Later, after he'd paid the three pounds and fifty, there was a brief discussion about who should have the right to pay, till it was decided that it was not so much a question of rights as of who had the change. They took a Tube both of them had taken the day off from the office to Highgate, and walked down from there to Hampstead Heath. There were two or three preponderant clouds in the sky, which were being gradually pushed beyond their field of vision by a breeze, but there didn't seem to be any immediate danger of rain. The Heath was largely tourist-less and deserted except for a few devout ramblers and the usual conference of ducks and a few expatiating, unidentifiable birds that, as they walked, had the strangely private and liberated air of tramps. They went to take a look, from the outside, at the old, stately home where they would have their reception in London they could well afford it as they both earned more than 50,000 pounds a year after the ashirbaad and reception in Calcutta. They were too well-dressed to be loiterers or intruders, Arun in his usual overcoat, Arpita in her slacks and her dark blue duffel coat. An onlooker, looking at them and looking at the stately home, might have concluded they'd come here to attend a function, only to discover they'd arrived on the wrong day.
"It is lovely, isn't it?" he said, dazzled by the sunlight mutely reflecting on the wooden door.
"It's very nice," she said, nodding. The old two-storeyed house with long verandahs where she'd first been married, a family house converted and rented out for such occasions, had set like a sun, while this one had risen like a new sun which had no name, only an indefinable light, in its place. She couldn't look at it properly. This past month, she couldn't tell clearly if she was happy because she was at last getting married, or because she was getting married in the light of her imperfections, and others'; that imperfection, as much as accomplishment, would define them when bride and bridegroom would finally meet. This second time round, she'd discovered that to be happy was not so much a self-sufficient, spontaneous emotion, such as you might feel in relation to a dream or a secret, but a way of reacting to the rest of the world; that to be happy this time, she must curb the natural human instinct to look up the sky, with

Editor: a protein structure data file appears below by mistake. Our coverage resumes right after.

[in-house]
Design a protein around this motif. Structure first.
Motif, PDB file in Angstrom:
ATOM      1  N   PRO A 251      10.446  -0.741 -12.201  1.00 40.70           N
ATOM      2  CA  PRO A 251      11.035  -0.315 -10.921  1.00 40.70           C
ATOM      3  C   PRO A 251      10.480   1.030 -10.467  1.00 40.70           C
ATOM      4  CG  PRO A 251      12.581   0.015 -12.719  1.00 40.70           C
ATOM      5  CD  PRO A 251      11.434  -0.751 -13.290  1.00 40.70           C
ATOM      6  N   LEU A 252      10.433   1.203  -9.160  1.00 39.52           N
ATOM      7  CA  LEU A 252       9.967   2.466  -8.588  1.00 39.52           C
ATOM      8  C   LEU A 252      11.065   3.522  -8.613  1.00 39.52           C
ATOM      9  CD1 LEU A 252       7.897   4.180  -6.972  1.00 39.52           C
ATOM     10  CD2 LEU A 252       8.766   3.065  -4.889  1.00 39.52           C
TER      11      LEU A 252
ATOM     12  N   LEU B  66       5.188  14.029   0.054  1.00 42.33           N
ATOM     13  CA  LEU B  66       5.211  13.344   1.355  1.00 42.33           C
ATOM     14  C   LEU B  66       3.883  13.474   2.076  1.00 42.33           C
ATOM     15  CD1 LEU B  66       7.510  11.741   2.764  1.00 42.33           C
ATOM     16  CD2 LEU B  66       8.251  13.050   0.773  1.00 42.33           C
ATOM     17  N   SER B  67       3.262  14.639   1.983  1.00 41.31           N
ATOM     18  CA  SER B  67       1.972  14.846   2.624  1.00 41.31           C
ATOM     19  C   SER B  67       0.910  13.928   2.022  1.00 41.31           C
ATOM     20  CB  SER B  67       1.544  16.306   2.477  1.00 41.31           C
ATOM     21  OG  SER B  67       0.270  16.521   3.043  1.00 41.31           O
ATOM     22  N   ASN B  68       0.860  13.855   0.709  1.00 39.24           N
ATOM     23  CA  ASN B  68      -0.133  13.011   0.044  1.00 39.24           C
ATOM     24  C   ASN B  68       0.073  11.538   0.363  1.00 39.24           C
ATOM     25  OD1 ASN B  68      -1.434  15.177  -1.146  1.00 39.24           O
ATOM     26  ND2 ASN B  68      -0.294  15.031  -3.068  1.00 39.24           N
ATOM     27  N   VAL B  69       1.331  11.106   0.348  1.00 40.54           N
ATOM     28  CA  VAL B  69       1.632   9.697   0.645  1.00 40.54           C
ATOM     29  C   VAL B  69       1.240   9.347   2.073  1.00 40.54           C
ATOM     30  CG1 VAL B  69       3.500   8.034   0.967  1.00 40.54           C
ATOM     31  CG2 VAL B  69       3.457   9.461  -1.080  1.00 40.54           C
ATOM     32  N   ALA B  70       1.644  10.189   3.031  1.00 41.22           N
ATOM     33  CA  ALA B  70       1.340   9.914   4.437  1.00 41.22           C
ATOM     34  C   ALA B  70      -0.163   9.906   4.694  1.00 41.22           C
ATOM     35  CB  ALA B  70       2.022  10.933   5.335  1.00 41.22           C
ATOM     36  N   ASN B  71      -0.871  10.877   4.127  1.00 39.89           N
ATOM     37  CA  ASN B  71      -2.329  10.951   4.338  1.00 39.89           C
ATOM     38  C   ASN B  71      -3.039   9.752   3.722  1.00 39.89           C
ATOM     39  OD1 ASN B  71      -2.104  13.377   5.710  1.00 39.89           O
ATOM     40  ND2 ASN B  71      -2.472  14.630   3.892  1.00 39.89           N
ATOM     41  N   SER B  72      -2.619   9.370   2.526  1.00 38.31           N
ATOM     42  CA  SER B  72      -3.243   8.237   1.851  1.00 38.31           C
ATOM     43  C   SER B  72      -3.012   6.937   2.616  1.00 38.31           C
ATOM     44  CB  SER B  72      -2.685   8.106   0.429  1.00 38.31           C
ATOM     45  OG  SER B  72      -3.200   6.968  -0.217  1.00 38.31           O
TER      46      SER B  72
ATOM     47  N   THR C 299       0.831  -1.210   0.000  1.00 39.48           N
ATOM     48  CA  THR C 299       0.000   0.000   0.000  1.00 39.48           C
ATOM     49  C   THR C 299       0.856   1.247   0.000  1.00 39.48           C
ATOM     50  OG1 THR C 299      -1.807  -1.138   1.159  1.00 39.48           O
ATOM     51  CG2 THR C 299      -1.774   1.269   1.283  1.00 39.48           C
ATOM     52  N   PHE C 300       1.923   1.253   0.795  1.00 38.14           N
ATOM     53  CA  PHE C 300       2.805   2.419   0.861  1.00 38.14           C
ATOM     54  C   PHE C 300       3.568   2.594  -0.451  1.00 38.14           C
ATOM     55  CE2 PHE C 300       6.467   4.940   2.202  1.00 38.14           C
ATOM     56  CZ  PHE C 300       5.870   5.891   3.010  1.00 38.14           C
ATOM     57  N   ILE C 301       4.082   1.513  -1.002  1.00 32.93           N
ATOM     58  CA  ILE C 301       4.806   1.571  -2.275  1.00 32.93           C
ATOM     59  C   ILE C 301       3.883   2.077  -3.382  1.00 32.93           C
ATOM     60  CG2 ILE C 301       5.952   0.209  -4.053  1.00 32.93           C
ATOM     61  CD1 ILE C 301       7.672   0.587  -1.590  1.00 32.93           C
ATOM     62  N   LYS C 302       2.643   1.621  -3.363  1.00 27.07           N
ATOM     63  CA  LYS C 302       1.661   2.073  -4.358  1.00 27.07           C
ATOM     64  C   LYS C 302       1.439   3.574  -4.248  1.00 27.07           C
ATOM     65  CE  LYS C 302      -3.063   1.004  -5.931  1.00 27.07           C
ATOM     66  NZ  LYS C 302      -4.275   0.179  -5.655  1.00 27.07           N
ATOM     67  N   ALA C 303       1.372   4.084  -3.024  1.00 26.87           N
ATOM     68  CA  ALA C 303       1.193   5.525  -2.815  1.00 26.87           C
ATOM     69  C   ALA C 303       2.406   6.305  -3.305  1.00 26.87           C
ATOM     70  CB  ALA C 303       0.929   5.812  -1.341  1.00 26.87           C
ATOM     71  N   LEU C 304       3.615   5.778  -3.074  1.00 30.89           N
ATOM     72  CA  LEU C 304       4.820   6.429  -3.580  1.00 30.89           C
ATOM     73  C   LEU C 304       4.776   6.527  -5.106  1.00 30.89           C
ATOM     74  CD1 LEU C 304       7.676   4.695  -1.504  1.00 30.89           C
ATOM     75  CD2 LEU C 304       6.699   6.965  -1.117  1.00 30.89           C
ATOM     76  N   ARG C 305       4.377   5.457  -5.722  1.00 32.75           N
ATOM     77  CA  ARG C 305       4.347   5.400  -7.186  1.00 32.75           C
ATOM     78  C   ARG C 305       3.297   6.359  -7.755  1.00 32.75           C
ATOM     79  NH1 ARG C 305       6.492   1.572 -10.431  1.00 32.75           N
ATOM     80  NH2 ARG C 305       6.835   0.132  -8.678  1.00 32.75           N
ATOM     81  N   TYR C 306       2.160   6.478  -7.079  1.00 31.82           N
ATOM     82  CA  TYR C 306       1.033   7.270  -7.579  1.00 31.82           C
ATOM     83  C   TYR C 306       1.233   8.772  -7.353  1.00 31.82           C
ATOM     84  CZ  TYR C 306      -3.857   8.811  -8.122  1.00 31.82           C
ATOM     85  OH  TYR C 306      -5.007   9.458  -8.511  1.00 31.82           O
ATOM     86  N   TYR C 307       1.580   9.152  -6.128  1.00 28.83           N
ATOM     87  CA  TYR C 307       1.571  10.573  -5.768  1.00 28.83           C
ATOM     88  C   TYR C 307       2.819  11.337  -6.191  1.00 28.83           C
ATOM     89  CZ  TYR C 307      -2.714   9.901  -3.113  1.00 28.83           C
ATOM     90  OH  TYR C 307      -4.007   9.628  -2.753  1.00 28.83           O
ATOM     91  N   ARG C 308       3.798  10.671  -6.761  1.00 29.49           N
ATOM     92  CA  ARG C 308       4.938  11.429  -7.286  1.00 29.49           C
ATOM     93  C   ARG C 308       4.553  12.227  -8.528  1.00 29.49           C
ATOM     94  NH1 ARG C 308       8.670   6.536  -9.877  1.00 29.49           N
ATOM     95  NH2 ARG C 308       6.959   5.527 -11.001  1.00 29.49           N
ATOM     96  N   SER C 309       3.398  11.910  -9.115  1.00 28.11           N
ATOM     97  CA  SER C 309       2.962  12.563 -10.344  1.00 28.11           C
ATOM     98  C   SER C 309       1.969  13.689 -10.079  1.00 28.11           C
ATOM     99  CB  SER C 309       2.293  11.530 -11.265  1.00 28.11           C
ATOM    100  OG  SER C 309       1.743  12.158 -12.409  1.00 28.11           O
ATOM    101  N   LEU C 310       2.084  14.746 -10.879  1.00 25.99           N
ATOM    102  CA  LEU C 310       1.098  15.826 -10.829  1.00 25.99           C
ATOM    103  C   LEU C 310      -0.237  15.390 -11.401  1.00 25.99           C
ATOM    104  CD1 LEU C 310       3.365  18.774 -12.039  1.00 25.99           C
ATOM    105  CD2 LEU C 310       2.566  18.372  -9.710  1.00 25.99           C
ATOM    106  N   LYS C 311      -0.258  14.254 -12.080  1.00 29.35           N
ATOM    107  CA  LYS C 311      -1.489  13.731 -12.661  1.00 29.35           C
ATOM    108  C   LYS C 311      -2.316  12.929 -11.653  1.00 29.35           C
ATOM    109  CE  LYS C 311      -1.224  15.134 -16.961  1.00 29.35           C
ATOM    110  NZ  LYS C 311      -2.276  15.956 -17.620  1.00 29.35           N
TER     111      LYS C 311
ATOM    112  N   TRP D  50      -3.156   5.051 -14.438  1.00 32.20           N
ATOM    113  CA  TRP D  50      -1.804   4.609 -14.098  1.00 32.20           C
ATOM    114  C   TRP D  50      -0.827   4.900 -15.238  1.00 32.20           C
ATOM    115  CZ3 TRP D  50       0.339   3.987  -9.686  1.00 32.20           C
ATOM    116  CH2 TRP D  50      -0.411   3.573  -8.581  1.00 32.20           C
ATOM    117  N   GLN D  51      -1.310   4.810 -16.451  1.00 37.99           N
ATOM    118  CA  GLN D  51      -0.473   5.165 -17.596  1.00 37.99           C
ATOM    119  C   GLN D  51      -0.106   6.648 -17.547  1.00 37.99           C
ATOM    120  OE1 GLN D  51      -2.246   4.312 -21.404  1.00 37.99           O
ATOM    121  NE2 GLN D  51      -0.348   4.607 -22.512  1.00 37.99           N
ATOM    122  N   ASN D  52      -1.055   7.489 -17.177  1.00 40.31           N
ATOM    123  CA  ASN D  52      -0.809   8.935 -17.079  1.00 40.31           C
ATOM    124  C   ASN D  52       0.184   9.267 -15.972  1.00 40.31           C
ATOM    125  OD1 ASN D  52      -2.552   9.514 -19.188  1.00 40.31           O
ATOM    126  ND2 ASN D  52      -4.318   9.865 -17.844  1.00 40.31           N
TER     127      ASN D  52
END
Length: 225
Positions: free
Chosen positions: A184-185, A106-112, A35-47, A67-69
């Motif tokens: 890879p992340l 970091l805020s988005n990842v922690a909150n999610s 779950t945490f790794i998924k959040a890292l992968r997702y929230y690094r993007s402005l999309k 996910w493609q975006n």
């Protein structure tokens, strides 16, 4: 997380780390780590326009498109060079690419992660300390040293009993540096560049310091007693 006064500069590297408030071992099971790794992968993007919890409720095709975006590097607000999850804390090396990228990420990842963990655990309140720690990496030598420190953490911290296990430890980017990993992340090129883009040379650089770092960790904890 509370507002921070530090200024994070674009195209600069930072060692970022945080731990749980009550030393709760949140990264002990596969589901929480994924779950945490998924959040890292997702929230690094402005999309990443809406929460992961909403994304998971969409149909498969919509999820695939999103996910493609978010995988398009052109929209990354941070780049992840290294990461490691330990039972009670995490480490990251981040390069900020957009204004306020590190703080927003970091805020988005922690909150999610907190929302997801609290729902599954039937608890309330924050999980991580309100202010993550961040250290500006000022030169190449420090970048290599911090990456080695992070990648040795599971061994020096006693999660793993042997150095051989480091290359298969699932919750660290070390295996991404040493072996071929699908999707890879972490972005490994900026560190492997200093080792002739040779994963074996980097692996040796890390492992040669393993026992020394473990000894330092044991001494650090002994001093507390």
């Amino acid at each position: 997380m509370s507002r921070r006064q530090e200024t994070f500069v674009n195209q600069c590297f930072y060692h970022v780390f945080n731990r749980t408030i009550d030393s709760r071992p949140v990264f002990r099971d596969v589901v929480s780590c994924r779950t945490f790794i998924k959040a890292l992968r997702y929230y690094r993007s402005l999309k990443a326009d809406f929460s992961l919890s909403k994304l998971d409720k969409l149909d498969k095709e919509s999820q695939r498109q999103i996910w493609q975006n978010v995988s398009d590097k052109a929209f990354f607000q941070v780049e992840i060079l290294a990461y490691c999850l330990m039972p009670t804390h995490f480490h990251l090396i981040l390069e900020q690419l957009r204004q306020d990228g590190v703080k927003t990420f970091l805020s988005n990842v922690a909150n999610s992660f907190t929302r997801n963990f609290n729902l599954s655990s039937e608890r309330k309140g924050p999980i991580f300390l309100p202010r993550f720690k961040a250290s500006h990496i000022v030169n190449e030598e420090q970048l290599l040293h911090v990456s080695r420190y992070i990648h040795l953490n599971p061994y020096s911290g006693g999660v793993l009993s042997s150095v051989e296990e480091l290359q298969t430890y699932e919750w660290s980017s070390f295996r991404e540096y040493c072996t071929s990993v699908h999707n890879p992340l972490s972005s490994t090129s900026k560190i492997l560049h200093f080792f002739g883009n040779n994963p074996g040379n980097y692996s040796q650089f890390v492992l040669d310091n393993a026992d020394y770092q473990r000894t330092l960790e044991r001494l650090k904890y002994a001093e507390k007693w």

its all-encompassing definition, and gaze towards the immediate ground and horizon, with its lack of shape, or abode, or clear ending.
He was talking about food. He said maybe it would better if they didn't have an elaborate dinner this time or guests at the reception in the five-star hotel in Calcutta; just some snacks and cocktails.
"You know, things like chicken tikka and kababs," he said.
He meant that the meal should be composed of small, piecemeal, disposable items, which one could consume and move on, in favour of those large repasts which arrested the passage of time and movement. To be left slightly hungry seemed to be apt to the occasion; and when he saw, in his mind's eye, the singed wedges of the tikka, they seemed well suited for this purpose.
Two months later, she and he took separate intercontinental flights to Calcutta. They arrived at the small shed of an international airport with the air of those who'd arrived on a necessary business trip. She was carrying her laptop with her. Neither had anything to declare, as they walked, on different afternoons, nonchalantly past the incurious customs officials in the way one might walk down the marriage aisle if all the guests on either side were asleep. During the ashirbaad ceremony in her father's flat near Dum Dum, everyone was a degree less solemn than you might have expected them to be. They'd blessed her once before, but they had enough blessings in store to bless her again, with the same untidy shower of grain and grass. There was an element of play-acting, as they were not adhering to the plan of the ritual, but imitating what they'd done a few years before. But there were also unsettling moments of discovery; some of the faces those of the bridegroom's family were new, while theirs were the same. This collision, this bumping into each other, of strangeness and familiarity in the small flat, made the experience something like rereading a well-known story and finding that some of the characters in it had changed while others had remained who they were. Later, they all relaxed, like actors after the performance, unmindful of their attire and a slight air of dishevelment. There was a gap of silence, in which Arpita existed momentarily as if it were her new home. She remembered how everything had been precisely laid out and premeditated during the last wedding; how she'd hardly had to move of her own volition, but had been carried down, as the ceremony pre-ordains, from her small room in the rented house, down the steps, precariously, in the arms of her male cousins towards the fire, and from there to walk blindly behind her husband seven times. She now saw that house as one she'd never visit again, but which she'd sleepwalked through, without the aid of her hands and feet, half-afloat, as if she were handicapped but had been somehow given the power to move through its spaces in a supranormal way. She said: "Ranga dadu, it's good to see you looking so well! You're positively pink!"
"It's the rum that keeps him so healthy," someone else said.
After two weeks, she was looking at the photographs, and she said: "So many photos! I didn't realise someone was sneaking around taking so many photos! Who was the photographer?"
"I don't know," he said. Proudly he added, "I wasn't there." Naturally he couldn't be present at his wife-to-be ashirbaad ceremony.
They sat looking at the set of photographs. Everyone in them looked as if they had no desire to go anywhere, and there was a strange unhurriedness about the faces and postures. It was almost as if someone had somehow managed to take the pictures after the event.
Amit Chaudhuri is a scholar, musician and award-winning fiction writer. He divides his time between Oxford, Cambridge and Calcutta.